Cars and light trucks account for about 11 percent of Canada's total greenhouse gas emissions. The transport sector is responsible for 27 percent of greenhouse gas (GHG) emissions in Canada. Light vehicles (the cars, vans and light trucks we drive) are responsible for almost half of that total. Automakers have succeeded in reducing air pollutant (CAC) emissions from cars and light trucks, but fuel use and carbon dioxide (CO) emissions have grown steadily over the past two decades.
This is because CO2, the main GHG linked to climate change, is an inevitable by-product of burning fossil fuels. Despite the fact that light vehicles save more fuel than they did in the 1970s, there are more vehicles on the road today and they are driven further than before, resulting in increased fuel use. On average, cars and trucks emit more than 60 tons of climate pollution (TCO) each over its useful life. Catherine Abreu, executive director of Climate Action Network Canada, said that Canada is only responsible for two percent of the total global greenhouse gas emissions.
However, this 2% is still a significant contribution considering Canada's size. Our personal vehicles are one of the main causes of global warming. Approximately five pounds of heat-trapping emissions come from the extraction, production and delivery of fuel, while most heat-trapping emissions (more than 19 pounds per gallon) come directly from a car's exhaust pipe.Press Secretary Joanna Sivasankaran said that Canada is one of the largest emitters per capita in the world. During this period, Canada's share of total global GHG emissions remained at less than 2%, although it is one of the largest emitters per capita.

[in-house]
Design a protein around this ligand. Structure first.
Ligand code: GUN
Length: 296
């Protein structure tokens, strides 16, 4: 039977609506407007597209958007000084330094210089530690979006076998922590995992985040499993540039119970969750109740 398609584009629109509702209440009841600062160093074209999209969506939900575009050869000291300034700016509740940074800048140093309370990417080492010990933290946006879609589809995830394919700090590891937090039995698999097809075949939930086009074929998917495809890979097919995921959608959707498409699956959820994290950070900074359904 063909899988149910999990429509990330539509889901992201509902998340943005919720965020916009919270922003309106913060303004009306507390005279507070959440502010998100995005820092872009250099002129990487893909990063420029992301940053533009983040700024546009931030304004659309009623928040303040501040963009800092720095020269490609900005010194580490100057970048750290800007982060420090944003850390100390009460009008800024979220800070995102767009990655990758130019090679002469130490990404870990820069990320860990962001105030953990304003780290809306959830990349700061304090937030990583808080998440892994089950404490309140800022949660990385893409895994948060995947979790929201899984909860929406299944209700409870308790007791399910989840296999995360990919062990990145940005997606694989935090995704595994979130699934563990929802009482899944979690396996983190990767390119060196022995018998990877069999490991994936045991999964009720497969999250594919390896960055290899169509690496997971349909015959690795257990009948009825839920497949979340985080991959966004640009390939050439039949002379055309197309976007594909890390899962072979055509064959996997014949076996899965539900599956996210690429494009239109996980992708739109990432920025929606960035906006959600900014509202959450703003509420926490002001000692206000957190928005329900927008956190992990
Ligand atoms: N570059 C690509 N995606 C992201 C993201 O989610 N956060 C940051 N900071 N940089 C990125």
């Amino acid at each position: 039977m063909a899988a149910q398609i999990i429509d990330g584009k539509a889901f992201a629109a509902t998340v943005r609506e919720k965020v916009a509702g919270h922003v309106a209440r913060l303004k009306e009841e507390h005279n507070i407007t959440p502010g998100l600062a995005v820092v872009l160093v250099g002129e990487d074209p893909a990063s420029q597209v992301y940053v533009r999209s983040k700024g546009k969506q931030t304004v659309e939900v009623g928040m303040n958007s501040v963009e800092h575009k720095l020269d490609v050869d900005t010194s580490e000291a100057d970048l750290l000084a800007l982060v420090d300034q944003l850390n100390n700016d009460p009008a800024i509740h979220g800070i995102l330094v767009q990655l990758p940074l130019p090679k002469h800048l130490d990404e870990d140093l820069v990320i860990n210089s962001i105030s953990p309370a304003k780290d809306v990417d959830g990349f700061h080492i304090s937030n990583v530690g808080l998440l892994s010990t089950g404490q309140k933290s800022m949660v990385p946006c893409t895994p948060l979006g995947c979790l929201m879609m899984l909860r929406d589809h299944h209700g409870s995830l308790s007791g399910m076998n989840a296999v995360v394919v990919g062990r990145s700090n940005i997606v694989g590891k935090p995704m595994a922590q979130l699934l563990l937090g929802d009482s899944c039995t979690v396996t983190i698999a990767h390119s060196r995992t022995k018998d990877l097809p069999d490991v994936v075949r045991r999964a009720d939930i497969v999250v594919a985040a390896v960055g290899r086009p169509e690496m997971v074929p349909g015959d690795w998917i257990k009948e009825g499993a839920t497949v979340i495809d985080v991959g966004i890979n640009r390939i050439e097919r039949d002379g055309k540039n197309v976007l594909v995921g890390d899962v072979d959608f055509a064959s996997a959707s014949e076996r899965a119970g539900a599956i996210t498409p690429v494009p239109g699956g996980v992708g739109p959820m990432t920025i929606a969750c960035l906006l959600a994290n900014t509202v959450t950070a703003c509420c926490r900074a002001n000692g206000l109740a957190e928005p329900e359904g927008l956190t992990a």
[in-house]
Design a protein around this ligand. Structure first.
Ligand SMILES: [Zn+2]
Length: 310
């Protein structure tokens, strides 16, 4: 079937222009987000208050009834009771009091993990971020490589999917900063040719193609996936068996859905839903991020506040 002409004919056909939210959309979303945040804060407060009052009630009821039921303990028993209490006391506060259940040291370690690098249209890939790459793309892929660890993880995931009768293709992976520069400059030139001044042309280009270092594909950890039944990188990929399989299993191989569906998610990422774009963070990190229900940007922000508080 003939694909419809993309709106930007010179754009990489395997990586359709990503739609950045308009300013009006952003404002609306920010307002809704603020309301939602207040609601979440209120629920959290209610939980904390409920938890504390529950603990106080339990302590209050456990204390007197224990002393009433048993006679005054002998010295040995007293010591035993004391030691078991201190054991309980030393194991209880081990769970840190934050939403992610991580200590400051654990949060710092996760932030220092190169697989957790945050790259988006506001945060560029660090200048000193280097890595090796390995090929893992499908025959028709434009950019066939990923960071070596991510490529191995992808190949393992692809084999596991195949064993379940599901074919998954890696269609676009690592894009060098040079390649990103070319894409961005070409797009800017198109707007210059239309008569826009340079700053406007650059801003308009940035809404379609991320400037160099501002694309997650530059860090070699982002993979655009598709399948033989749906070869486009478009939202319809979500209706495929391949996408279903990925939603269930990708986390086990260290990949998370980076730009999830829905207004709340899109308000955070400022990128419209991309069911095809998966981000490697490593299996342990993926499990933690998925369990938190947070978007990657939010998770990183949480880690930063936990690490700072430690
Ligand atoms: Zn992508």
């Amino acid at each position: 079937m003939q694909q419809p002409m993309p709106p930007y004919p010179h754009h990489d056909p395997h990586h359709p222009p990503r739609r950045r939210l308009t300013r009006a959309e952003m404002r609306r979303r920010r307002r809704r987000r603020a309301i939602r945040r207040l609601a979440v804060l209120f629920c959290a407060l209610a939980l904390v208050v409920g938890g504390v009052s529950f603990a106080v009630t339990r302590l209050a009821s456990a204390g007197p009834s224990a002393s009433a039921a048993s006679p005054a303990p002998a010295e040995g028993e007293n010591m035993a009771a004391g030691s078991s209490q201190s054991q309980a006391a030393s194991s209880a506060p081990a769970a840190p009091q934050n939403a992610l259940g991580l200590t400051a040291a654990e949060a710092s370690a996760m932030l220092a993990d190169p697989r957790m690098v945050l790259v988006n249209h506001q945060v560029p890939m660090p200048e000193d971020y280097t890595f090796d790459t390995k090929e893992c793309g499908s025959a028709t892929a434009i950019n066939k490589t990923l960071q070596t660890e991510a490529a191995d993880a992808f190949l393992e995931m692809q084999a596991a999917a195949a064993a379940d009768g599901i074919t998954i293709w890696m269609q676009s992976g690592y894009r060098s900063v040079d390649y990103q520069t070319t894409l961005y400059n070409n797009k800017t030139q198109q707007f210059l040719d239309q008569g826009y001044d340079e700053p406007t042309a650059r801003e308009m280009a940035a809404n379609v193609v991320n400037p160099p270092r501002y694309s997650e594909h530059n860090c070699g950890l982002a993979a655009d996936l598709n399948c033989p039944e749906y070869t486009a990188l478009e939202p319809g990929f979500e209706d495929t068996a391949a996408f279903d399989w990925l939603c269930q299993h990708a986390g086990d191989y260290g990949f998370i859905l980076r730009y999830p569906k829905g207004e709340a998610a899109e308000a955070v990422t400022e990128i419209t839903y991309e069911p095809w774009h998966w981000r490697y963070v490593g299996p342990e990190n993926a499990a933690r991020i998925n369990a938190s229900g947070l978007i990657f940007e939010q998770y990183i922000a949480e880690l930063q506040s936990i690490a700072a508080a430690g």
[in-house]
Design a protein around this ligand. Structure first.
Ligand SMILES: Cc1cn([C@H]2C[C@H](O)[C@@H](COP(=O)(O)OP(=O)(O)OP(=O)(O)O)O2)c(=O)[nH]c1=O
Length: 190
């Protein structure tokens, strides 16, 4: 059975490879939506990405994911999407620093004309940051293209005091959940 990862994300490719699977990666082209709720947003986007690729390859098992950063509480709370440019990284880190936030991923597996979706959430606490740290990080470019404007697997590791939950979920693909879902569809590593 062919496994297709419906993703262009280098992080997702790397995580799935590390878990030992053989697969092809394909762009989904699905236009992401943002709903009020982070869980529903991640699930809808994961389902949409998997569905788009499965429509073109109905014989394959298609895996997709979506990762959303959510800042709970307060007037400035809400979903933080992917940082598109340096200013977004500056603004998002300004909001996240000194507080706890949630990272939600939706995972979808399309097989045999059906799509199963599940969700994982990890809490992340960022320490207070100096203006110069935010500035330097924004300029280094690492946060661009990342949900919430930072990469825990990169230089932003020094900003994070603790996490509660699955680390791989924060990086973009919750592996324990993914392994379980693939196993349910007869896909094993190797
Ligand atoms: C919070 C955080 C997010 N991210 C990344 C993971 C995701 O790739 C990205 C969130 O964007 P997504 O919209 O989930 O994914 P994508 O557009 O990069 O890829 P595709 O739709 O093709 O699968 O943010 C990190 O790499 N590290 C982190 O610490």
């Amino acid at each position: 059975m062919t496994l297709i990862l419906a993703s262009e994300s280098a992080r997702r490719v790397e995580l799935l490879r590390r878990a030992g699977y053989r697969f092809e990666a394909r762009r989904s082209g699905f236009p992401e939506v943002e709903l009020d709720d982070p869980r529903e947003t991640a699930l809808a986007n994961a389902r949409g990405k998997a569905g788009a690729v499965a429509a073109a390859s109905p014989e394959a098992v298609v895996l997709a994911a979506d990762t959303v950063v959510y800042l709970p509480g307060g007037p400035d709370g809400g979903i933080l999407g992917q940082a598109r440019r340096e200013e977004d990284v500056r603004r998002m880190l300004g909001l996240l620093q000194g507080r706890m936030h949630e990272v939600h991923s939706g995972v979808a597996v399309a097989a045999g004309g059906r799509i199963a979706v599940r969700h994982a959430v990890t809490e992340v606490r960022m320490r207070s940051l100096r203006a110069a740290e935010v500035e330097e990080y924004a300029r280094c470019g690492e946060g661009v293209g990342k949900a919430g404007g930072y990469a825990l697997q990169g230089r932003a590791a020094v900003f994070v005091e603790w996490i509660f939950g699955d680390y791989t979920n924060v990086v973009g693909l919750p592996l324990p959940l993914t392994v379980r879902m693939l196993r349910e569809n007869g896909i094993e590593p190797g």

According to the Intergovernmental Panel on Climate Change, human-driven releases of GHG emissions disrupt natural processes occurring in the atmosphere and are very likely to be the dominant cause of observed warming that has occurred since the mid-twentieth century.Caroline Theriault, spokeswoman for Environment Minister Catherine McKenna, said that the current government has a plan to reduce emissions that includes putting a price on carbon, making buildings more energy efficient and phasing out coal as a source of electricity. Companies are increasingly integrating the need to reduce GHG emissions and carbon pricing considerations into their investment, planning and operations decisions to improve their long-term resilience and competitiveness.Many European countries began investing in technology to reduce carbon emissions long before Canada, but experts say there is still time to catch up. For example, nearly 40 Canadian companies contribute to the Carbon Pricing Leadership Coalition, a voluntary initiative that supports and encourages the successful implementation of carbon pricing worldwide.Earlier this fall, the United Nations Intergovernmental Panel on Climate Change warned that the average global temperature was already 1 C higher and that it will reach 1.5 C by 2040 unless the world intensifies its planned action to reduce emissions to a large extent.It is clear that cars and light trucks contribute significantly to global warming in Canada. The transport sector accounts for 27 percent of greenhouse gas emissions in Canada and light vehicles are responsible for almost half of that total.
On average, cars and trucks emit more than 60 tons of climate pollution each over its useful life. While Canada is only responsible for two percent of total global greenhouse gas emissions, it is one of the largest emitters per capita in the world. The current government has a plan to reduce emissions that includes putting a price on carbon, making buildings more energy efficient and phasing out coal as a source of electricity. Companies are increasingly integrating the need to reduce GHG emissions and carbon pricing considerations into their investment, planning and operations decisions to improve their long-term resilience and competitiveness.
It is important for Canadians to understand how much cars contribute to global warming in order to take action against it. We can start by reducing our personal vehicle use as much as possible by taking public transportation or carpooling when possible. We can also invest in energy efficient vehicles or electric cars when possible. Finally, we can support initiatives such as carbon pricing leadership coalition which encourages successful implementation of carbon pricing worldwide.